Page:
Aviator

Phone As A Key offers additional functionality in the 2020 Lincoln Aviator. Drivers can recall individual preferences for adjusting seat, side mirrors and steering column positions. Comfort and entertainment settings can be activated. Should a phone battery go dead, a passcode can be entered on the standard exterior keypad to gain entry, then a backup code can be entered on the center touch screen to start and drive the vehicle.

If you remember your high school prom, you’ll remember that when one girl went to the bathroom, all of her friends went with her.

Car designers are much the same way, which explains why so many cars wear exterior styling that resembles a Kabuki mask, while most instrument panels have the feel of a video game controller. This even extends to luxury cars, where the sense of adolescent design robs interiors of any sophistication — you wonder if there are any adults overseeing design at many automakers.

That’s what makes the new 2020 Lincoln Aviator a welcome relief.

Aviator

A signature Black Label grille on the the 2020 Lincoln Aviator is finished in high-gloss black and chrome accents.

Using a name last seen in 2005 on a rebadged Mercury Mountaineer, the newest Aviator replaces the ungainly MKT, Lincoln’s rotund three-row luxury crossover that will live on for the time being as a fleet vehicle for limousine and car service use. Its replacement, the Aviator, is far more remarkable.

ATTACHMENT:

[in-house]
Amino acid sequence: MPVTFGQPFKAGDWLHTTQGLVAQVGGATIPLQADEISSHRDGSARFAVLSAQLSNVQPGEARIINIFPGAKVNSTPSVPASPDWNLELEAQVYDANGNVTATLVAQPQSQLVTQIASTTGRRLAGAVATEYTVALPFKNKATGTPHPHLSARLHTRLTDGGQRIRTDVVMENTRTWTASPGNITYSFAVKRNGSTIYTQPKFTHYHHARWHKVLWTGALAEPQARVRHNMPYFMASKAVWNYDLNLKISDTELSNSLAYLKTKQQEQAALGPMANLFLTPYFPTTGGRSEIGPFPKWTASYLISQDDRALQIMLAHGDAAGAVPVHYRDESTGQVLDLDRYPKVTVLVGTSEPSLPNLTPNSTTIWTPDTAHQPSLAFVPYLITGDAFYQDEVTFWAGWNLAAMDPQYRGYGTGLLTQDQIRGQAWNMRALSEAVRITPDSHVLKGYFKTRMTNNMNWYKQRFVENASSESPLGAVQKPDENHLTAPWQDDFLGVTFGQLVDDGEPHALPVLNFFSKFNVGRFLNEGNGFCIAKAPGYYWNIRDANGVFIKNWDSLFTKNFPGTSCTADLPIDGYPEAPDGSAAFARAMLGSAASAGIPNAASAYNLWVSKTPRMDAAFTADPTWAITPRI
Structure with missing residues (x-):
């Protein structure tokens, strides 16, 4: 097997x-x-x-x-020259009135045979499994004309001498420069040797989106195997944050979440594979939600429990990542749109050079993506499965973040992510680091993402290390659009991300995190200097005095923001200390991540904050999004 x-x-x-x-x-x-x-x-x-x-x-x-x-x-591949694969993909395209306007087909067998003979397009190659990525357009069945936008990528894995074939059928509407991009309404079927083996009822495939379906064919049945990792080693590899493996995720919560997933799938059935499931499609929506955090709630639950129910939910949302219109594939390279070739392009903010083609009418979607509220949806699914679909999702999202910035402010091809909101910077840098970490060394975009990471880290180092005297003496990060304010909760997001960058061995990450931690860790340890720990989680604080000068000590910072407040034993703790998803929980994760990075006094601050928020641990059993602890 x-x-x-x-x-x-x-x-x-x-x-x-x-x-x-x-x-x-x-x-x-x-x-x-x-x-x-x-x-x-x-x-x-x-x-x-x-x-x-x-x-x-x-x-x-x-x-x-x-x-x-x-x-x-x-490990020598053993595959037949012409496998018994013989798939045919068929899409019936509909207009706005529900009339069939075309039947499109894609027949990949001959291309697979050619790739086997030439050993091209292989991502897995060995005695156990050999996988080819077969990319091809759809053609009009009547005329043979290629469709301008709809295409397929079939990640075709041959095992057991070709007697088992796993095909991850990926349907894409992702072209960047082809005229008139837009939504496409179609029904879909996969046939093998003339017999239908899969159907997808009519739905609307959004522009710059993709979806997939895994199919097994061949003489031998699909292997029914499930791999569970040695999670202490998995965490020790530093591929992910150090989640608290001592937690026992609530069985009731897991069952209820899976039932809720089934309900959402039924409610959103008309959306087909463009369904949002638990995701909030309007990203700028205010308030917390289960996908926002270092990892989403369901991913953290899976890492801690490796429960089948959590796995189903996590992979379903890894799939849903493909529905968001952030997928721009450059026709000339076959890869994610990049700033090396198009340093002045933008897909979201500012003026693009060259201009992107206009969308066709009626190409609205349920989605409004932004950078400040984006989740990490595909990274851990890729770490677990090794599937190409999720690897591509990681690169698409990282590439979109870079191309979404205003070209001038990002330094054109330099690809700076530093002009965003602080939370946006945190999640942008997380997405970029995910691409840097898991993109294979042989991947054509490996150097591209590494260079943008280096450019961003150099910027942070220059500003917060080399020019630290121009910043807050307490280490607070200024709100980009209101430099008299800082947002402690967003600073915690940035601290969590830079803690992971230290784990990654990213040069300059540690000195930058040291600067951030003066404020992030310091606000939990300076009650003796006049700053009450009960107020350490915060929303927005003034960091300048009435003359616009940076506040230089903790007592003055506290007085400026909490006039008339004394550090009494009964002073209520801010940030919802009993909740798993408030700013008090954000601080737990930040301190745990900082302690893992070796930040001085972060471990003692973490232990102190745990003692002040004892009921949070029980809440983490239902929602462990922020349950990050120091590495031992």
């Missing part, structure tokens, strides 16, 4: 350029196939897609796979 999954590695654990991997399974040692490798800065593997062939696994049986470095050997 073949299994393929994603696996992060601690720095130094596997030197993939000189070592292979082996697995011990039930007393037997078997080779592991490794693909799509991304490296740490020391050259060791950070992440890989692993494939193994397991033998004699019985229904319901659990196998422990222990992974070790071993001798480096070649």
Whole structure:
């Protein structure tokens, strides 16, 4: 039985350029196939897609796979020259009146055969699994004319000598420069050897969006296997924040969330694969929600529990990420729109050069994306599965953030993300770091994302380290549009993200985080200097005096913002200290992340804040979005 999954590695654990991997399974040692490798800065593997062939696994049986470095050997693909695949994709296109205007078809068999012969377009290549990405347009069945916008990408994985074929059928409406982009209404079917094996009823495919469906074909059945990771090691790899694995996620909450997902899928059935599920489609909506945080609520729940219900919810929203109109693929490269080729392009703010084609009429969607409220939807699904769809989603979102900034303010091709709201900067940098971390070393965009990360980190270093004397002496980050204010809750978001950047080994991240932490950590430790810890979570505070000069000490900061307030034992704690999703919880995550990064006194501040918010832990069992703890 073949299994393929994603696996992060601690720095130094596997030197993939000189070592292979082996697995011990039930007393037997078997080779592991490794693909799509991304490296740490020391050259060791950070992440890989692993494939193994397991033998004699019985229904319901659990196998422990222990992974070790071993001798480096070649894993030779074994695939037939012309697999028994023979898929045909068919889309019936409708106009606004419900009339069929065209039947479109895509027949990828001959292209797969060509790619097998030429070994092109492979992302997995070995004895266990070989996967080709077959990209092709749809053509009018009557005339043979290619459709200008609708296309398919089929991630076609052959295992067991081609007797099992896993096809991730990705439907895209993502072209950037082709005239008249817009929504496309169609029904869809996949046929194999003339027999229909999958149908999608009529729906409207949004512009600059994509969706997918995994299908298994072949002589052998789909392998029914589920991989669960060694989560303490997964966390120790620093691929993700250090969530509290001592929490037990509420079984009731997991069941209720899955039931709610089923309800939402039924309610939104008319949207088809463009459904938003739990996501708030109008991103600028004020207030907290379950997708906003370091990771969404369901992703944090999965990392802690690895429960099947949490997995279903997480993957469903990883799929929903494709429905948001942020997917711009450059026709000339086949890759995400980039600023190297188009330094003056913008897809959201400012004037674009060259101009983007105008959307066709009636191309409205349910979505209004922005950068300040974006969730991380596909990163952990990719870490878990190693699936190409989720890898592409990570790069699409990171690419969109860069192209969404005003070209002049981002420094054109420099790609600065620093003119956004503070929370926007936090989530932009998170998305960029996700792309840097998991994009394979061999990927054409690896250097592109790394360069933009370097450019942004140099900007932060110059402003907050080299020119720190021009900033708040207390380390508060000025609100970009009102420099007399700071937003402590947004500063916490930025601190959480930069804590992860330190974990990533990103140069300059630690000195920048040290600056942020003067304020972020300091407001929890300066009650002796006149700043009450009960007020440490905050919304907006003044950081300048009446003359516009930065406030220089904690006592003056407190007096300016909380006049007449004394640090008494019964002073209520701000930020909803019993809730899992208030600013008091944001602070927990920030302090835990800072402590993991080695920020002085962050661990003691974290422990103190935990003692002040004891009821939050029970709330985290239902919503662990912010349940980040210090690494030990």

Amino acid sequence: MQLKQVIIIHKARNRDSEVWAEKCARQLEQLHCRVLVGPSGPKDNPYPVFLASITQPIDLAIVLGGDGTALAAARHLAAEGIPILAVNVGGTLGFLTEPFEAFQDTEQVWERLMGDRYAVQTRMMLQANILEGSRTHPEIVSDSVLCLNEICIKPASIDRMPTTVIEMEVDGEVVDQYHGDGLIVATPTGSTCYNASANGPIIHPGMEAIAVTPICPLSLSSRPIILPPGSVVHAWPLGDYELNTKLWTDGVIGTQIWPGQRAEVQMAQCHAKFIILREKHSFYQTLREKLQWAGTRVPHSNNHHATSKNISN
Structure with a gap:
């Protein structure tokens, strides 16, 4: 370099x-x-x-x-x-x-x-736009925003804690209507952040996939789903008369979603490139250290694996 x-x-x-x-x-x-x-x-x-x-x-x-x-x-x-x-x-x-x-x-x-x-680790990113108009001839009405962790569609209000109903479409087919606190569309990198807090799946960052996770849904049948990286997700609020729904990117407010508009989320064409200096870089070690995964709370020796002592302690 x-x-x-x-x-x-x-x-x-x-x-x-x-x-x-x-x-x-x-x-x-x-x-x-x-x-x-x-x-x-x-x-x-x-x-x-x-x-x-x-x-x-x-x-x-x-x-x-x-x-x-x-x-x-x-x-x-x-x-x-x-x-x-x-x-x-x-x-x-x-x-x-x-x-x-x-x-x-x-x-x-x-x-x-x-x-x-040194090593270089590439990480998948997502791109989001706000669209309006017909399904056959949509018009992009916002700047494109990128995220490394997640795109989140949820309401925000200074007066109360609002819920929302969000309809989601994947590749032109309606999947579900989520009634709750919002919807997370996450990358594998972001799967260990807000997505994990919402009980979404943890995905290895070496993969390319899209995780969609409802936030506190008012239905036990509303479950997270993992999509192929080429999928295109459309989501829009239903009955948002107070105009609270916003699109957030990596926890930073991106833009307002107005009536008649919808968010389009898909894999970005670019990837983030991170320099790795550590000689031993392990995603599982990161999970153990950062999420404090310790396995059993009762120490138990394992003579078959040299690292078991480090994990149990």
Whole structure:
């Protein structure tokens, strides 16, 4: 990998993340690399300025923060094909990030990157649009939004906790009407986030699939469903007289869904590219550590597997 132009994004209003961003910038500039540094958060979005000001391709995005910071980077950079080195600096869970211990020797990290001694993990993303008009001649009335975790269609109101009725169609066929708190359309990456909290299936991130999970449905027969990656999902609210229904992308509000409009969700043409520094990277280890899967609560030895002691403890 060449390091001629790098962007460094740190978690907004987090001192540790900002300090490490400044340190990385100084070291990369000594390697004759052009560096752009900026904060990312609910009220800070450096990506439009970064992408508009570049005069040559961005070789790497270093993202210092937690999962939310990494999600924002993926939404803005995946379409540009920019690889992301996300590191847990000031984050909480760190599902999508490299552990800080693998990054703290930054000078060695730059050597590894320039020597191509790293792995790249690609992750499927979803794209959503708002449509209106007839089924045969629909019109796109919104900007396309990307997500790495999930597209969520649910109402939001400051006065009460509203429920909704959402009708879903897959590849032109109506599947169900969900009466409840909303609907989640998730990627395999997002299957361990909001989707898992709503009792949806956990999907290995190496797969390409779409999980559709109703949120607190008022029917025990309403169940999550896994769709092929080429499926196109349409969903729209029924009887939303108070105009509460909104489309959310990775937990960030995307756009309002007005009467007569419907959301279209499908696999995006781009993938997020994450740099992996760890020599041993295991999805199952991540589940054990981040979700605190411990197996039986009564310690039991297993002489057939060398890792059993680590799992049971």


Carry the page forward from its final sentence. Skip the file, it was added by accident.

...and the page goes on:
Looking somewhat like a Navigator that’s been left in the dryer too long, the 2020 Aviator wears crisp lines offset by a sporty sloping roof and distinctive Lincoln grille. It’s urbane and elegant, like the finest Lincolns of yore.

Inside, you’ll find three rows of seats and enough legroom for real adults, as well as generous headroom, despite the sloping roofline. The unabashed extravagance of its interior is much like the larger and pricier Navigator, imparting the same feeling of opulence. And it’s not just the lavish accents or plush leather; it’s the little touches that make living with this Lincoln more manageable. Of course the second row comes with its own climate controls and USB ports, and the seats can be had as Captain’s chairs rather than a second row bench seat.

But there are other touches that go beyond what you might expect, like an app that can be configured to act like your key fob, so you can leave the fob at home. Or the simple row of automatic transmission buttons that are easily reachable but tucked out of the way to free up space elsewhere in the interior. There’s even a configurable electronic instrument cluster, not to mention the easiest version of Ford’s Sync infotainment system yet devised.When it comes time to move, most 2020 Lincoln Aviators will have a 3.0-liter twin-turbocharged V-6 generating 400 horsepower and 415 pound-feet of torque. But if you want to experience true automotive nirvana, pop for the Grand Touring plug-in hybrid instead, with the same 3.0-liter V-6 mated to an electric driveline that produces 494 horsepower and a mammoth 630 pound-feet of torque. Both drivelines mate to a 10-speed automatic transmission.